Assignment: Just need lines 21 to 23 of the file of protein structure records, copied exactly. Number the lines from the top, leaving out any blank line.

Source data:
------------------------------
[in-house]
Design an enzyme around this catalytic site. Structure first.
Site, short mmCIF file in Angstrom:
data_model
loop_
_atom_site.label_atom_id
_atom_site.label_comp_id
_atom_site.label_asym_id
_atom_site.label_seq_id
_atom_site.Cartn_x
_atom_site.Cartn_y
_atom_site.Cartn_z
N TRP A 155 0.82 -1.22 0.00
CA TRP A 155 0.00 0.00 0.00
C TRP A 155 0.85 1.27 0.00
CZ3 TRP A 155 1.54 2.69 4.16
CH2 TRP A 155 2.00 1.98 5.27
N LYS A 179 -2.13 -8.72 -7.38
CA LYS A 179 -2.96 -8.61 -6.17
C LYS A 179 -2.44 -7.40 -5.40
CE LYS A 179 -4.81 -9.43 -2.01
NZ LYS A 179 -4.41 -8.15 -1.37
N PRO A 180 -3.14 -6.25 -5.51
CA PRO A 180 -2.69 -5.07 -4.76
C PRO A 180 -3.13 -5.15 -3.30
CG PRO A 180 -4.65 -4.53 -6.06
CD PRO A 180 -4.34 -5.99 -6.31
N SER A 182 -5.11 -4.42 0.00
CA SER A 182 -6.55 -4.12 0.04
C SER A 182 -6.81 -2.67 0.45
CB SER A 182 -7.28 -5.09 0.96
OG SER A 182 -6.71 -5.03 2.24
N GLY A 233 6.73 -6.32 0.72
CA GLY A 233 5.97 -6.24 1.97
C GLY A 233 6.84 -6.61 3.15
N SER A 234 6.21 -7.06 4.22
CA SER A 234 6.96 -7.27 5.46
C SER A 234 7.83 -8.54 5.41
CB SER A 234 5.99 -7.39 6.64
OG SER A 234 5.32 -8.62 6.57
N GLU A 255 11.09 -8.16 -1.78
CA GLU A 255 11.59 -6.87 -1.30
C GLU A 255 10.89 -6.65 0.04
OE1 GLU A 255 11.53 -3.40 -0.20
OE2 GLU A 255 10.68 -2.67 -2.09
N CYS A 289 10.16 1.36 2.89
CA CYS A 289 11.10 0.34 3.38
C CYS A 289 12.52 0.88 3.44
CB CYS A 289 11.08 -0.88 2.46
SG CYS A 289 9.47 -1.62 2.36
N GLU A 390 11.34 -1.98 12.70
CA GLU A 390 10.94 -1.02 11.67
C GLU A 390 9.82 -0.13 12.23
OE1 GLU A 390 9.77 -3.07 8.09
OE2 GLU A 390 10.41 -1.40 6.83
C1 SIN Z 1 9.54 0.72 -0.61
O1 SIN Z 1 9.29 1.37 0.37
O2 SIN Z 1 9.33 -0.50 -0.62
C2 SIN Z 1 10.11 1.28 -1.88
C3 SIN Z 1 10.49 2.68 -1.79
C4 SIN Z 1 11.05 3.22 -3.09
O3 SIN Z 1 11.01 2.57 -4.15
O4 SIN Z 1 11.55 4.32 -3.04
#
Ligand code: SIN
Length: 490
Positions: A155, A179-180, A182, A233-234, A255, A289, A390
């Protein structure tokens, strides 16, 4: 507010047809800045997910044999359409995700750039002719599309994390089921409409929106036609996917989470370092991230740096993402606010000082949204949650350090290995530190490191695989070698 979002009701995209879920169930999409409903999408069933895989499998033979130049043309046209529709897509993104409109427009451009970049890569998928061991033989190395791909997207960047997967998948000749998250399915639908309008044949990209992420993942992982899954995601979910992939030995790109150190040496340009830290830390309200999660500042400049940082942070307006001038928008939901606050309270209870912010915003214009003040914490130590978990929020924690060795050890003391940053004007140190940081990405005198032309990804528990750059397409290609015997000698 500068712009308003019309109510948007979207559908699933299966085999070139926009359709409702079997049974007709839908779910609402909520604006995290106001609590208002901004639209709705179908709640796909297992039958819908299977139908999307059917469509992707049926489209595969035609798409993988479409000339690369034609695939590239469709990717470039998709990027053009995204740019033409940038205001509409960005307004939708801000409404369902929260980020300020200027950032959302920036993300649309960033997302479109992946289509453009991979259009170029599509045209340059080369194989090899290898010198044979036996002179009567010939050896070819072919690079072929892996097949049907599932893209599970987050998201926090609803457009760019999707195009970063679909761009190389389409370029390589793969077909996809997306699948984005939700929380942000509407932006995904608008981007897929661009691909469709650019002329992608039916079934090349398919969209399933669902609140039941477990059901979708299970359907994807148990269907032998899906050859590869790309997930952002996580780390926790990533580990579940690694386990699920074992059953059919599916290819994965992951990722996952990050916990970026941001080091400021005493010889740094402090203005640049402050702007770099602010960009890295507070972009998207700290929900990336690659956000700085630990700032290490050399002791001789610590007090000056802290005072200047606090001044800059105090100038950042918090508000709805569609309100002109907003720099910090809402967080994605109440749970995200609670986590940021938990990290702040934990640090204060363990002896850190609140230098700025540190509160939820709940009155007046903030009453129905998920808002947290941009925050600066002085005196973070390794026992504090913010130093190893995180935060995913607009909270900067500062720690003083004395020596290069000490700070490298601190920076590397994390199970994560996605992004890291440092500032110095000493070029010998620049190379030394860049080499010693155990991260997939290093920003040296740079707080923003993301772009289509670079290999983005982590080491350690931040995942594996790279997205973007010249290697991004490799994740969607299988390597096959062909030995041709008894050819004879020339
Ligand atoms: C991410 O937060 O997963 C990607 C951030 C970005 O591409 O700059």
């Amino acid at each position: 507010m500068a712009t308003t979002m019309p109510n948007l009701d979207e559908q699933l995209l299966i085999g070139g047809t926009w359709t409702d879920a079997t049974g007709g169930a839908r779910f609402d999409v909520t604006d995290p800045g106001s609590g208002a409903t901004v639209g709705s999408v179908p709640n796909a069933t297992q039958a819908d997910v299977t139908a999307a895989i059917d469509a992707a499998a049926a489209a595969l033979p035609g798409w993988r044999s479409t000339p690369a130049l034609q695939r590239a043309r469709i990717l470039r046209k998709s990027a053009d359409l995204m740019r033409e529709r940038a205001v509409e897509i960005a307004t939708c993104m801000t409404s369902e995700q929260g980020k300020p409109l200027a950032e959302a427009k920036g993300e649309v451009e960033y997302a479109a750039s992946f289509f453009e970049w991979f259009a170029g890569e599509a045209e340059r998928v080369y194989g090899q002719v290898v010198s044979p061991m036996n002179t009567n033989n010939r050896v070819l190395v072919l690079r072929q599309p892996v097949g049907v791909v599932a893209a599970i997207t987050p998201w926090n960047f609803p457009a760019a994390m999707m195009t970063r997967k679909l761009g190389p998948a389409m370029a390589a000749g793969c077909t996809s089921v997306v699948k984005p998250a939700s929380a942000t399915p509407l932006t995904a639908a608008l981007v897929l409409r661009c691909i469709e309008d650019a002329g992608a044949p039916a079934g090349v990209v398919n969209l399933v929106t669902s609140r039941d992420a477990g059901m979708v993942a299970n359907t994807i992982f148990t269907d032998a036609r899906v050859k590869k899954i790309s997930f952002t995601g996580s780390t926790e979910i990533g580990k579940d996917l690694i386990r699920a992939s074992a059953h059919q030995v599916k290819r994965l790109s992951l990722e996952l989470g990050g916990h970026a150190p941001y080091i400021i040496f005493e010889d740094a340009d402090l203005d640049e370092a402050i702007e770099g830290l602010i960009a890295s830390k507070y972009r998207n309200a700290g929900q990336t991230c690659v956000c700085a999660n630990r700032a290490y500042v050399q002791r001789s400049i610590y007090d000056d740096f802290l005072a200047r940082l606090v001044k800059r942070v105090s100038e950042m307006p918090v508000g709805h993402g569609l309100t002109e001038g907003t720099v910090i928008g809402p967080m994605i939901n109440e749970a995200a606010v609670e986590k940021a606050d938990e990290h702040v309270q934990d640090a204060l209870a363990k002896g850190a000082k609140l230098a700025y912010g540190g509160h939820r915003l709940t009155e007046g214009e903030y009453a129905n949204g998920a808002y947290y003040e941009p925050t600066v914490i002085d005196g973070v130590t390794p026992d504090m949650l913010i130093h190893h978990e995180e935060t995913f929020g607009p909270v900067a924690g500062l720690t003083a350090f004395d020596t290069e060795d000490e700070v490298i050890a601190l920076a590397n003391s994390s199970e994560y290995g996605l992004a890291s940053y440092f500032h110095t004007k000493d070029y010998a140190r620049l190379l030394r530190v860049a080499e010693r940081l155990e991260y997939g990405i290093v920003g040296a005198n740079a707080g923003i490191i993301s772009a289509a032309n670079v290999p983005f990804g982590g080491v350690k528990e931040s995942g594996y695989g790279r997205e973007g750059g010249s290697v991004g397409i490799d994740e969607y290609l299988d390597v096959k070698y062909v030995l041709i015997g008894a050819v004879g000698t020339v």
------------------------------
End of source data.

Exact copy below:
CE LYS A 179 -4.81 -9.43 -2.01
NZ LYS A 179 -4.41 -8.15 -1.37
N PRO A 180 -3.14 -6.25 -5.51